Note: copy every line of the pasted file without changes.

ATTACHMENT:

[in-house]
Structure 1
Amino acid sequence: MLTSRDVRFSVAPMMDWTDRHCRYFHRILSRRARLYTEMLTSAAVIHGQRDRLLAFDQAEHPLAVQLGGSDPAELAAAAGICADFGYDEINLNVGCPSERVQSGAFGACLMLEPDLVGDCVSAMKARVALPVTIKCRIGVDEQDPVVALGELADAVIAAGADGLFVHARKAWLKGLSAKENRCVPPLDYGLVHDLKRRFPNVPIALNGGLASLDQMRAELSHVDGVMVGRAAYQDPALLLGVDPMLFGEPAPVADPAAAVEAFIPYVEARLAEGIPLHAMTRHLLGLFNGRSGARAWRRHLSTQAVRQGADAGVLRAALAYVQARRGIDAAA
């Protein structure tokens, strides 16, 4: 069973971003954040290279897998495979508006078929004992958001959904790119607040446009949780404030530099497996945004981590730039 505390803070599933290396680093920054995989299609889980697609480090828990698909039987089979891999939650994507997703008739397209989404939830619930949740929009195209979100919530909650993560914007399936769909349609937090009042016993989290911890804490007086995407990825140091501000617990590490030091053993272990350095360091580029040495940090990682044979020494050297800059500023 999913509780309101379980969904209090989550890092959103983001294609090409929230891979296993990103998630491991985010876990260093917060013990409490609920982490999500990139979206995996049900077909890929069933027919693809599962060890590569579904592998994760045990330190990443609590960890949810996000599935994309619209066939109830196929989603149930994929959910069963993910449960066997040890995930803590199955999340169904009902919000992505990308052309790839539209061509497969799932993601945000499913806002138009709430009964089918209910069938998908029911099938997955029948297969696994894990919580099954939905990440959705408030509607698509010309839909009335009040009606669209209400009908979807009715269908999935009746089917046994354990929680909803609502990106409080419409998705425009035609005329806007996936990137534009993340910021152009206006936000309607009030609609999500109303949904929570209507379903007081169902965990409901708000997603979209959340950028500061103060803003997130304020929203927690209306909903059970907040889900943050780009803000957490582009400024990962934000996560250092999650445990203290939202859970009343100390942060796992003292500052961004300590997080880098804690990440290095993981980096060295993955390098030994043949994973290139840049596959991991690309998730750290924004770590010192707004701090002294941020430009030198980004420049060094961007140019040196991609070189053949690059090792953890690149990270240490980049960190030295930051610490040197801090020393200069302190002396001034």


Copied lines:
[in-house]
Structure 1
Amino acid sequence: MLTSRDVRFSVAPMMDWTDRHCRYFHRILSRRARLYTEMLTSAAVIHGQRDRLLAFDQAEHPLAVQLGGSDPAELAAAAGICADFGYDEINLNVGCPSERVQSGAFGACLMLEPDLVGDCVSAMKARVALPVTIKCRIGVDEQDPVVALGELADAVIAAGADGLFVHARKAWLKGLSAKENRCVPPLDYGLVHDLKRRFPNVPIALNGGLASLDQMRAELSHVDGVMVGRAAYQDPALLLGVDPMLFGEPAPVADPAAAVEAFIPYVEARLAEGIPLHAMTRHLLGLFNGRSGARAWRRHLSTQAVRQGADAGVLRAALAYVQARRGIDAAA
């Protein structure tokens, strides 16, 4: 069973971003954040290279897998495979508006078929004992958001959904790119607040446009949780404030530099497996945004981590730039 505390803070599933290396680093920054995989299609889980697609480090828990698909039987089979891999939650994507997703008739397209989404939830619930949740929009195209979100919530909650993560914007399936769909349609937090009042016993989290911890804490007086995407990825140091501000617990590490030091053993272990350095360091580029040495940090990682044979020494050297800059500023 999913509780309101379980969904209090989550890092959103983001294609090409929230891979296993990103998630491991985010876990260093917060013990409490609920982490999500990139979206995996049900077909890929069933027919693809599962060890590569579904592998994760045990330190990443609590960890949810996000599935994309619209066939109830196929989603149930994929959910069963993910449960066997040890995930803590199955999340169904009902919000992505990308052309790839539209061509497969799932993601945000499913806002138009709430009964089918209910069938998908029911099938997955029948297969696994894990919580099954939905990440959705408030509607698509010309839909009335009040009606669209209400009908979807009715269908999935009746089917046994354990929680909803609502990106409080419409998705425009035609005329806007996936990137534009993340910021152009206006936000309607009030609609999500109303949904929570209507379903007081169902965990409901708000997603979209959340950028500061103060803003997130304020929203927690209306909903059970907040889900943050780009803000957490582009400024990962934000996560250092999650445990203290939202859970009343100390942060796992003292500052961004300590997080880098804690990440290095993981980096060295993955390098030994043949994973290139840049596959991991690309998730750290924004770590010192707004701090002294941020430009030198980004420049060094961007140019040196991609070189053949690059090792953890690149990270240490980049960190030295930051610490040197801090020393200069302190002396001034």